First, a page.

The school year is about to start again for some of us, and that means it is time to get more involved with ITE! Here are two events that you can go to, where you can meet and talk with professionals and build connections:
On Thursday, May 30, ITECPP held its 14th and final General Meeting of the 2012-2013 school year.
This meeting announced the details of our Western District ITE Annual Meeting in Phoenix, Arizona. This four-day conference will take place July 14-17, and includes activities such as the Mitey Race (think Amazing Race), Traffic Bowl, technical sessions, and more. Members attending can receive reimbursements for attending workshops and other events. The deadlines to attend this conference are:
– June 3rd (Hand Count)
– June 7th (Payment/Liability Forms)
– June 14th (Online Registration; price will go up after this date!) Continue reading →
A Dodge Ram truck crashed into a guardrail, just as Caltrans engineers planned. At a cost of $250,000, the crash at this West Sacramento test track would be an expensive ride. But it’s a necessary one for safety.
Caltrans engineers have been taking a good, hard look at existing bridge rails, realizing they need to upgrade to save lives and protect their work crews.
They found that out the hard way when an out of control driver bounced off a median rail, came across three lanes of traffic, and slammed into Caltrans worker Mark Balsi. He lost a leg in the accident, but he helped Caltrans gain a new footing with an innovation called the Balsi Beam.
Posted by Brad Plumer on April 22, 2013 at 11:02 am
Ever since the recession hit in late 2007, Americans have been driving less and less. Was that because of the horrible economy? To some extent, perhaps. But it’s striking that Americans are still cutting back on driving even though the economy is growing again.
Say goodbye to catenary wires. Utah State University has unveiled an electric bus that charges through induction, topping off its batteries whenever it stops to pick up passengers.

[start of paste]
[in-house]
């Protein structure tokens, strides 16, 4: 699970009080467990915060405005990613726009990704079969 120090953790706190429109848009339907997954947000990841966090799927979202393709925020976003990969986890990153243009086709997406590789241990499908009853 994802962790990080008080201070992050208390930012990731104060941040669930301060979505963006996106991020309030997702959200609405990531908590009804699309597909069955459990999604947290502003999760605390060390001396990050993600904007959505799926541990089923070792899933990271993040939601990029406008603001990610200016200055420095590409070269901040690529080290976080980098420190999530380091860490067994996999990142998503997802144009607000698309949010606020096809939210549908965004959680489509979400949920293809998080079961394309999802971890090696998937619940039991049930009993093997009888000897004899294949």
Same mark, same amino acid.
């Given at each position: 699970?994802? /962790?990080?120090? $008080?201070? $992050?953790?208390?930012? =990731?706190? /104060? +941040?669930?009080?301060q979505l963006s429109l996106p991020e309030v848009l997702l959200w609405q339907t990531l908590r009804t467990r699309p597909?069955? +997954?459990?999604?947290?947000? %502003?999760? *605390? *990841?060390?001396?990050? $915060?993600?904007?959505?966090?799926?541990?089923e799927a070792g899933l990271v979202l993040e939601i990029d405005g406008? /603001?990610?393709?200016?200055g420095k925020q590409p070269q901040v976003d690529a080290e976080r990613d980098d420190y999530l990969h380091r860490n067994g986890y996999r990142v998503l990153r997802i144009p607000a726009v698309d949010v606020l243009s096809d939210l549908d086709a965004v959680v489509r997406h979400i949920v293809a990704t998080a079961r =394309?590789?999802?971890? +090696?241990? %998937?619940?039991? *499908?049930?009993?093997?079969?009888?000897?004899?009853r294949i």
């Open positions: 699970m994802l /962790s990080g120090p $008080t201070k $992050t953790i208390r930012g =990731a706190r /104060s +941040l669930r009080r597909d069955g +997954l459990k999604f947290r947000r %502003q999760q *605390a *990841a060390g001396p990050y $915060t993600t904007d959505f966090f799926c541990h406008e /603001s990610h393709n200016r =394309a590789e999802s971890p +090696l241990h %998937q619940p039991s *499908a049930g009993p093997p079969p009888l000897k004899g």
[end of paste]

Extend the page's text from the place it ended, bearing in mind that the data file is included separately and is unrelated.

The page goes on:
The same principle that charges your toothbrush wirelessly keeps this bus running. Photo: Utah State University
Designed by USU’s Wireless Power Transfer team and the Utah Science Technology and Research initiative’s Advanced Transportation Institute, the prototype Aggie Bus is already on the road. It uses the same wireless charging principle as an electric toothbrush or a wireless smartphone charger, except optimized for a massive public-transit vehicle.
As in all modern inductive-charging setups, a transformer is “split” between the bus and a charge plate under the bus stop. When the bus drives over the charging plate, current flows with no physical contact required. Engineers at USU designed their system so that the Aggie Bus can be misaligned up to 6 inches from the charge plate and still get 25kW of power and 90 percent efficiency from the power grid to the battery.
HNTB, an engineering and architectural firm founded in Kansas City, Mo., has won a competition to redesign and replace the 6th Street Bridge over the Los Angeles River between downtown and Boyle Heights.
The double arches of the iconic 80-year-old bridge, which engineers fear would crumble in an earthquake, will be replaced with a sleek, cable-supported structure that features a “ribbon of arches,” City Engineer Gary Lee Moore said as Mayor Antonio Villaraigosa and other officials announced the winner Friday.